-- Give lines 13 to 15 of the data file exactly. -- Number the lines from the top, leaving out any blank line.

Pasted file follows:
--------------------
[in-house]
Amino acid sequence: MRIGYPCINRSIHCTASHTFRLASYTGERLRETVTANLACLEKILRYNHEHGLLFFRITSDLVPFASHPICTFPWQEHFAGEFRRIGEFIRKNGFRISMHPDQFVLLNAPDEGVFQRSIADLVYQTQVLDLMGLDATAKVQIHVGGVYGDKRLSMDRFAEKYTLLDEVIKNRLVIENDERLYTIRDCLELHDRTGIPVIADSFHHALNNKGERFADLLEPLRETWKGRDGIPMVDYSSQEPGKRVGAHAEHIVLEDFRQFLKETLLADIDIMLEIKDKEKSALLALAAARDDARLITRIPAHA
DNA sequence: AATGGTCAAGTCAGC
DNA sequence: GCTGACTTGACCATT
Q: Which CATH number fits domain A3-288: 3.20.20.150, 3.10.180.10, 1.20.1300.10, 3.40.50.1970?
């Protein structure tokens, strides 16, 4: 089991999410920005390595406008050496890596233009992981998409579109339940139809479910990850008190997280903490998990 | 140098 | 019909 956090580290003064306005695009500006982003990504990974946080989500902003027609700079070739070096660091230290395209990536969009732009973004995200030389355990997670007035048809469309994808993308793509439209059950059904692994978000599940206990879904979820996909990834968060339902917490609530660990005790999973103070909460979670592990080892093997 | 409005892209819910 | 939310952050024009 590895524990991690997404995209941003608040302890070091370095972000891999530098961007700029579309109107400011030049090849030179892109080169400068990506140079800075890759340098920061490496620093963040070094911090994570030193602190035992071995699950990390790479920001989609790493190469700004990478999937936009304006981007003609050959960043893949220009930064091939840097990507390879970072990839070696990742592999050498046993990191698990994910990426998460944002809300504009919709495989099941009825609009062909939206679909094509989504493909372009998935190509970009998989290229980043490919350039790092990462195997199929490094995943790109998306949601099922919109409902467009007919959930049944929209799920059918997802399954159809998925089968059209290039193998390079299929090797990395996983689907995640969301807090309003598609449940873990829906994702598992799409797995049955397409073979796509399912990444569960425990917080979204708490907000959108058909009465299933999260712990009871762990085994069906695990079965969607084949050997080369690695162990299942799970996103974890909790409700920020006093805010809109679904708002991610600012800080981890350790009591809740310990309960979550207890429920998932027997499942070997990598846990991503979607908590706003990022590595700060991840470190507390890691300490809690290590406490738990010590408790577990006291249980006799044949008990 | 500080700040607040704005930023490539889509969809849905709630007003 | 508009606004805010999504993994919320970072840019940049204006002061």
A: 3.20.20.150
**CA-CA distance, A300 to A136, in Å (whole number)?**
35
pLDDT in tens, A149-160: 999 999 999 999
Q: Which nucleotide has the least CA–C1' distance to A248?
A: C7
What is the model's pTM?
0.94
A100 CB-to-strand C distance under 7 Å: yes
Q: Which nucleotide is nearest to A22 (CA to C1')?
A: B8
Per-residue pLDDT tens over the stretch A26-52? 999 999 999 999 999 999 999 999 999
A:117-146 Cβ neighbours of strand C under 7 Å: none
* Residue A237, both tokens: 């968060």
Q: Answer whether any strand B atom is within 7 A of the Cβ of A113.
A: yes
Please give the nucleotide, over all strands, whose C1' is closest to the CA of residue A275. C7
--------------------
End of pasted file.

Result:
What is the model's pTM?
0.94
A100 CB-to-strand C distance under 7 Å: yes